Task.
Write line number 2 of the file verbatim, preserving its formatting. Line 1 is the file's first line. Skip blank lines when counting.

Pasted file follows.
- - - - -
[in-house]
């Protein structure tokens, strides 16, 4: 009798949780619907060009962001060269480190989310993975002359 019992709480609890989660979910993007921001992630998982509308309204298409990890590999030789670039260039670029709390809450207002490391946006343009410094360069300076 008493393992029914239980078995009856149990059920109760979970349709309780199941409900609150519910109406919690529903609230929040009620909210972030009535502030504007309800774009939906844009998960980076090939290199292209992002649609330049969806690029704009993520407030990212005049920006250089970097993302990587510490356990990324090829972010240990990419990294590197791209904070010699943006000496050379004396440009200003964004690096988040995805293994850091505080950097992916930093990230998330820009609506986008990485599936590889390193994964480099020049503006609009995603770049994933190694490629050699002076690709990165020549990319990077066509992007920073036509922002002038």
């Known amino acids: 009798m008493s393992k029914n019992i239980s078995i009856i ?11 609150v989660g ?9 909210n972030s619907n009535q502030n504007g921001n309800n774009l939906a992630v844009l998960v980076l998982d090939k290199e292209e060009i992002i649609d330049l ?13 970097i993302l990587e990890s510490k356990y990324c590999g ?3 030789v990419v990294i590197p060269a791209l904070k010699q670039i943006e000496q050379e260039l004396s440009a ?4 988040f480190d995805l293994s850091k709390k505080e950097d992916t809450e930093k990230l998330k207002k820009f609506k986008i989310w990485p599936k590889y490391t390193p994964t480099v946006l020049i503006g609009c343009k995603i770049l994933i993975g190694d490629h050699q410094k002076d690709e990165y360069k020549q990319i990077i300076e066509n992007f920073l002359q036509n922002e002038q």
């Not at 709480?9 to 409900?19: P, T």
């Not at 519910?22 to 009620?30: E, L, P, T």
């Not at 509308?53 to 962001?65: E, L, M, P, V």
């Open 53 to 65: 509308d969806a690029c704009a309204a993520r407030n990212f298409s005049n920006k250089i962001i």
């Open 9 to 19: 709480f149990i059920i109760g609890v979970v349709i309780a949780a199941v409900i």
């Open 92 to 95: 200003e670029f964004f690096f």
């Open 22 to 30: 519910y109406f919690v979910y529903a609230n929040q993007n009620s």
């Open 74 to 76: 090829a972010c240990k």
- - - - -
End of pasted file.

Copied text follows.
């Protein structure tokens, strides 16, 4: 009798949780619907060009962001060269480190989310993975002359 019992709480609890989660979910993007921001992630998982509308309204298409990890590999030789670039260039670029709390809450207002490391946006343009410094360069300076 008493393992029914239980078995009856149990059920109760979970349709309780199941409900609150519910109406919690529903609230929040009620909210972030009535502030504007309800774009939906844009998960980076090939290199292209992002649609330049969806690029704009993520407030990212005049920006250089970097993302990587510490356990990324090829972010240990990419990294590197791209904070010699943006000496050379004396440009200003964004690096988040995805293994850091505080950097992916930093990230998330820009609506986008990485599936590889390193994964480099020049503006609009995603770049994933190694490629050699002076690709990165020549990319990077066509992007920073036509922002002038």